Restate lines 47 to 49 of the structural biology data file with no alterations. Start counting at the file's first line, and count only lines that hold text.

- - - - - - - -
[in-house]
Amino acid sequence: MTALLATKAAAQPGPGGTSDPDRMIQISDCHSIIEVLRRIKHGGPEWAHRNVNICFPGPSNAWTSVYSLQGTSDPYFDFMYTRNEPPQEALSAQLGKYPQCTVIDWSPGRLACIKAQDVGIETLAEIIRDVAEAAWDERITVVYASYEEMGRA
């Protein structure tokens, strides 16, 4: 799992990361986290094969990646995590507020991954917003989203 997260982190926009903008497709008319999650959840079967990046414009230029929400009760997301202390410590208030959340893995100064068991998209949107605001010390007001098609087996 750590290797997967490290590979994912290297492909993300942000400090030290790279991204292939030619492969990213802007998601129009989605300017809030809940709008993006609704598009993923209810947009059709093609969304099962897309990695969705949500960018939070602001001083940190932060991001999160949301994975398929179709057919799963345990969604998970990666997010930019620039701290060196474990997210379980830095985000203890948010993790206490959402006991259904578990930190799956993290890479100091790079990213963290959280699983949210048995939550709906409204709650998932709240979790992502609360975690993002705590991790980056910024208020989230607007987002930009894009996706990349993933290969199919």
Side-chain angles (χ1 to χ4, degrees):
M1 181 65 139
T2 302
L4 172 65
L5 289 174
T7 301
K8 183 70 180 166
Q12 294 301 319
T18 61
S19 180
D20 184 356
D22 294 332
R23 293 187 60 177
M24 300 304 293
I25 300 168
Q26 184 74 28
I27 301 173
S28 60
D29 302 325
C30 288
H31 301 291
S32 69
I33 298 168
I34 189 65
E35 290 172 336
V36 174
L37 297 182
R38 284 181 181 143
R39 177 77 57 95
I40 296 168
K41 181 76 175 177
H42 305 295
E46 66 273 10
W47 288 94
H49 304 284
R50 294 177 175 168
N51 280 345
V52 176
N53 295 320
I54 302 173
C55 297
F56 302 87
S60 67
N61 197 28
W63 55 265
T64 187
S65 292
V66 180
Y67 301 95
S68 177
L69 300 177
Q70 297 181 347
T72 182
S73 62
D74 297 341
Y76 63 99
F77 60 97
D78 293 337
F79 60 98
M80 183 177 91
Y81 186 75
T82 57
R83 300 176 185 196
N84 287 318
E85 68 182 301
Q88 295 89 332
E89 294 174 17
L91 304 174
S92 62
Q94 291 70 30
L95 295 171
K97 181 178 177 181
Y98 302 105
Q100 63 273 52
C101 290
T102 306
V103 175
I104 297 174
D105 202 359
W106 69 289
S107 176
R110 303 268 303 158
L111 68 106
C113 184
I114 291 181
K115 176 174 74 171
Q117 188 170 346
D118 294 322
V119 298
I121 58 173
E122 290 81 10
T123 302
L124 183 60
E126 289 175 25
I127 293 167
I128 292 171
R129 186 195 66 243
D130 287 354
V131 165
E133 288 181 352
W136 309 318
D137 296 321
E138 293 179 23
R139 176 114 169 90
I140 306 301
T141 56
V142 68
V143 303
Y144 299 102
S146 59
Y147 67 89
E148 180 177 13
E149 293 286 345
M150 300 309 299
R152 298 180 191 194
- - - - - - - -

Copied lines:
N61 197 28
W63 55 265
T64 187